Thomas Koidhis is a talented amateur photographer living in Fort Smith, a small town of around 2,500 residents in the remote South Slave Region of Canada’s Northwest Territories. He is perhaps best known for his stunning photographs of the Northern Lights, but his landscape and nature photography is equally inspiring. Today www.LetsBeWild.com sits down with Thomas to ask him about his philosophies on photography, nature, and life in the Northwest Territories.
Thomas Koidhis: I’ve more or less always had some sort of point and shoot camera in my hand, much like anybody. I’ve always been drawn to taking images, painting and drawing impressions of the world around me. When I was roughly 18 I experienced the suicide of my father. Needless to say the impact this has had on my life is pretty much indescribable. What has happened to me since then I can only describe as a transformation. I suppose you could say that I’ve always been fascinated by every small nuance of the reality we inhabit. However when my Dad died and I moved back to Fort Smith, NT, somehow instead of falling deeper into depression I only, as each day passed, became more amazed and sedated by the richness of things. The way that the diamonds of sunlight trickle through the leaves of a forest ceiling, the way that a distant treeline austerely sways in the wind, how the cloud patterns evolve and manifest throughout the day. Simple visions and visuals and all things I associated with them painted a beautiful, colorful mandala of images and understanding in my mind.
About 5 years ago I didn’t really know anything about photography. I did have a strange desire to own “one of those cameras that you could switch the lenses of” and voiced the thought to my Mom. She surprised me that Christmas with my first DSLR – an Olympus E-410. I began to work at expressing my visions and feelings through this medium, pouring my thought and passion into the images until it became almost an obsession. In some way it was probably also an escape but fundamentally I would say it was my feelings and thoughts about the reality we inhabit that drove me to learn the medium. A very smart man once told me that over 90% of our brain is devoted to processing some sort of image. When we look out into the world we are, often without realizing it, creating images and visages in our mind about all we are percieving. The world coming to us is essentially just information, it is our brain and sensory input that transforms all of the sense data into a usable form that we can interpret our world with. To me that’s what photography is – an interperetation. A little slice of reality as one frame of reference experienced it at one moment. Photography like many other things can teach you and it has been the experience and reward of learning all that I possibly can in general that has driven all of my passions, photography or otherwise.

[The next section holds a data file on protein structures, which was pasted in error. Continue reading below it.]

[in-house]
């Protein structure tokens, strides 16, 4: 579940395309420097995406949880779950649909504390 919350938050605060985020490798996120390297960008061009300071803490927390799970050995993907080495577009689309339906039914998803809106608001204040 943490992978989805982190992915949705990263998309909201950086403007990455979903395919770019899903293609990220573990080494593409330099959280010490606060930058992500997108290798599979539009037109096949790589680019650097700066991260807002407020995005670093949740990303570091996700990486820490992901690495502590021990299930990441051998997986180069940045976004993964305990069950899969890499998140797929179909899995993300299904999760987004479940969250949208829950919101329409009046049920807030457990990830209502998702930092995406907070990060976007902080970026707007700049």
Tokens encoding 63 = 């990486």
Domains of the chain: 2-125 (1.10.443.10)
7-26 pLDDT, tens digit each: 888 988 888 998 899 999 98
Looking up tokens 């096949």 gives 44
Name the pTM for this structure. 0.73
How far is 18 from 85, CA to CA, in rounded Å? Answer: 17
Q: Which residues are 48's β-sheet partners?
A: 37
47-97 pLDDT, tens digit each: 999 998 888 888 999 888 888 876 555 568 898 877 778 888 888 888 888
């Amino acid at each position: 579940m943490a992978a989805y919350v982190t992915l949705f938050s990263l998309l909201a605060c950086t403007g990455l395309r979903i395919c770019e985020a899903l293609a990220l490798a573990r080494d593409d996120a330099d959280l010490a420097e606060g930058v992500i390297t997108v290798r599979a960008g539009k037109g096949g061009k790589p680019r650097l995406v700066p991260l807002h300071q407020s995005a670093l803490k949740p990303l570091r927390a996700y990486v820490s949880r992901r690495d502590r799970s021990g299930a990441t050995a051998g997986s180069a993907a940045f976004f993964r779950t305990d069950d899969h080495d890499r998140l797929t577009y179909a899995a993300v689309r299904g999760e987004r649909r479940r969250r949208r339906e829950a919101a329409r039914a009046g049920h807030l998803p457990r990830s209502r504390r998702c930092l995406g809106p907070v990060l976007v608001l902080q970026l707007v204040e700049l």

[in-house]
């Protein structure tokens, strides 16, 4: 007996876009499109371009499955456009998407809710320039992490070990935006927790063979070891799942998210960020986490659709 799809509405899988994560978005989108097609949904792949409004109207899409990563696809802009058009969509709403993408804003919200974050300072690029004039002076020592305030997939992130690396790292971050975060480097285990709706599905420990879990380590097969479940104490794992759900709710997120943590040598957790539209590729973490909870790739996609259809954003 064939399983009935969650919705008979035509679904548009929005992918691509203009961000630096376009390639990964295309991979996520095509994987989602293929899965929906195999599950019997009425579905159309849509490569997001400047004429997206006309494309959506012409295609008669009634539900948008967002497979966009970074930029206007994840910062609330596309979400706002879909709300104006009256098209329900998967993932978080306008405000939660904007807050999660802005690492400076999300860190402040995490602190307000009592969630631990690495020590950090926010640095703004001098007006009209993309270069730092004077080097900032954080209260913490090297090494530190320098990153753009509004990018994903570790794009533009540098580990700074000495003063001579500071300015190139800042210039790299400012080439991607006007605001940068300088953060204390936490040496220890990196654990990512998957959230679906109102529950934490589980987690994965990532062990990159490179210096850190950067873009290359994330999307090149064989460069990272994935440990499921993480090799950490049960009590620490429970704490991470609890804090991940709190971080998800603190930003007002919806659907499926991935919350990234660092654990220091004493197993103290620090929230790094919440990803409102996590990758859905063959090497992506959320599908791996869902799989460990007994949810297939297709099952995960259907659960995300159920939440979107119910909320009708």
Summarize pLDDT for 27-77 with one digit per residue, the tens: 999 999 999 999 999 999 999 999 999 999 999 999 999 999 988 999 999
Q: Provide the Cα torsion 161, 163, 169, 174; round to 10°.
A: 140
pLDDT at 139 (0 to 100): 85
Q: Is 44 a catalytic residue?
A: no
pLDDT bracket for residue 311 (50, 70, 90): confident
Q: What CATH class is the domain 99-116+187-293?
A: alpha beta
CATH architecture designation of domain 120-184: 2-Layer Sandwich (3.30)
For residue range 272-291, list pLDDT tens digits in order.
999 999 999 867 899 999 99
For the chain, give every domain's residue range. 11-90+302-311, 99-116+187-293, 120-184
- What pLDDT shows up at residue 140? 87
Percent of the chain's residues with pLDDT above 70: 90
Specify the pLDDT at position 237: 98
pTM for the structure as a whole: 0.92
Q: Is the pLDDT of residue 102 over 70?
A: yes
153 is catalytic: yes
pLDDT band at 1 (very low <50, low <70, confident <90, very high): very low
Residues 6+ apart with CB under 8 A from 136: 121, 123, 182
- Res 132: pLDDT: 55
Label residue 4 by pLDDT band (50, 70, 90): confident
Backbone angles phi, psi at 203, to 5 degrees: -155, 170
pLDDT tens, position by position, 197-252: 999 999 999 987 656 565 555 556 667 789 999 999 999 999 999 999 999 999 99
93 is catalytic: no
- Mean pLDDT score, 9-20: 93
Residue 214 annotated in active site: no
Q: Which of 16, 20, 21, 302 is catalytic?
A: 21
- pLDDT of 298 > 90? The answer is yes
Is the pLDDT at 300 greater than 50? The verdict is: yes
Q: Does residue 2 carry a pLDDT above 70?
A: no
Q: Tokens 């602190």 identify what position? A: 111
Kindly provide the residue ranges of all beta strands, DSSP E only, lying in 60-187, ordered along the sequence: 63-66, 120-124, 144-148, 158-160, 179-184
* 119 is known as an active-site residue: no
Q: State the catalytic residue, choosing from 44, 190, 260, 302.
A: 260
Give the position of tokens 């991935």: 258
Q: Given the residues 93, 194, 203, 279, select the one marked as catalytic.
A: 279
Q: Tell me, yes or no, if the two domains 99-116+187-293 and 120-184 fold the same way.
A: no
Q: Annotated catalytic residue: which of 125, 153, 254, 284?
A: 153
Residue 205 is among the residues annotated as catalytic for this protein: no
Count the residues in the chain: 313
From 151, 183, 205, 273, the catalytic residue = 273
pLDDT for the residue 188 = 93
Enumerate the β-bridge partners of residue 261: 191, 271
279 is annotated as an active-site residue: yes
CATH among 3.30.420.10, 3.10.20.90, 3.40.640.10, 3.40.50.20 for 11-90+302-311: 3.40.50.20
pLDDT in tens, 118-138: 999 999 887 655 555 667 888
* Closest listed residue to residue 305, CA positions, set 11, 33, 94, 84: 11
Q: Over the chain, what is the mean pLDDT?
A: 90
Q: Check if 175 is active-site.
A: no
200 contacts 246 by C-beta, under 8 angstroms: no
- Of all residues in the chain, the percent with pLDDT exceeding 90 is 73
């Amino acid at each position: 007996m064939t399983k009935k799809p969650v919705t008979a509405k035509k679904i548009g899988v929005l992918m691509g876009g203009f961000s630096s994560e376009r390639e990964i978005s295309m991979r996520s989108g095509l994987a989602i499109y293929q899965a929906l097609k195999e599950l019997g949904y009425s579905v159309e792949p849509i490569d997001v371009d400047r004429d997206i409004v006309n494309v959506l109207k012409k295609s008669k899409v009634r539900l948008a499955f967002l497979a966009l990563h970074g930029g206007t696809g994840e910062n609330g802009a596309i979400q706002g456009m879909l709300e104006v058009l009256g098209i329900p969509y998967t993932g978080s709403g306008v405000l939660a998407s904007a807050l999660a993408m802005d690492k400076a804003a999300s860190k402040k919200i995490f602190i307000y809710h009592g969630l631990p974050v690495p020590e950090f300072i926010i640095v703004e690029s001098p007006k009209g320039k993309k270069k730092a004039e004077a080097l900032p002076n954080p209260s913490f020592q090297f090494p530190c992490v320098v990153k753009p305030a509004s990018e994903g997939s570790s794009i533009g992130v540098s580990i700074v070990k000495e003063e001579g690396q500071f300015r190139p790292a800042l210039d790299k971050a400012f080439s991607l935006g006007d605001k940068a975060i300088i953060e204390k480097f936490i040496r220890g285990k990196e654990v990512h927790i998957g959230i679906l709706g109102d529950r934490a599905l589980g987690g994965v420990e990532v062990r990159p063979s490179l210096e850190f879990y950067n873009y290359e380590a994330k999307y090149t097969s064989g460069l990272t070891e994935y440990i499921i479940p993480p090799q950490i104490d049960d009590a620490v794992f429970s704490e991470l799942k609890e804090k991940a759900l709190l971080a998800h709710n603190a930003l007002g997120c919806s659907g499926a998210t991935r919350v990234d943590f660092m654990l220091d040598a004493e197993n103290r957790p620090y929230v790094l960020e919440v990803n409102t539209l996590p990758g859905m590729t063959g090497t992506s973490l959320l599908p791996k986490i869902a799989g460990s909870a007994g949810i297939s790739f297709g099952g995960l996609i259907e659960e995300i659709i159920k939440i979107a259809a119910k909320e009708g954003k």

Let’sBeWild: Tell us about your primary job as a weather observer and air traffic communicator. Has working in that field had any affect on your photography and your understanding and appreciation of nature and the sky?
Thomas Koidhis: Oh yes, in a powerful way! My job as an Observer/Communicator entails two jobs wrapped up in one. My primary priority at work is to help coordinate the safety of air traffic by communicating details of current weather and air traffic situations to pilots. This isn’t to be confused with air traffic control. I cannot tell a pilot what to do; I simply provide an information service to help air carriers and general air traffic conduct their operations safely. It is often what you see in small communities and is known as a Community Aerodrome Radio Station (CARS). The second part of the job is the weather observation. Every hour I go out, look at the sky, divide it in half and into tenths mentally, note how much of the sky is covered with cloud, how many layers of cloud there are, what type of clouds are in the sky, the heights of the clouds and the opacity of each layer. I also take temperature, wind, pressure and precipitation data. I code all of that data and send it off for the world to make use of.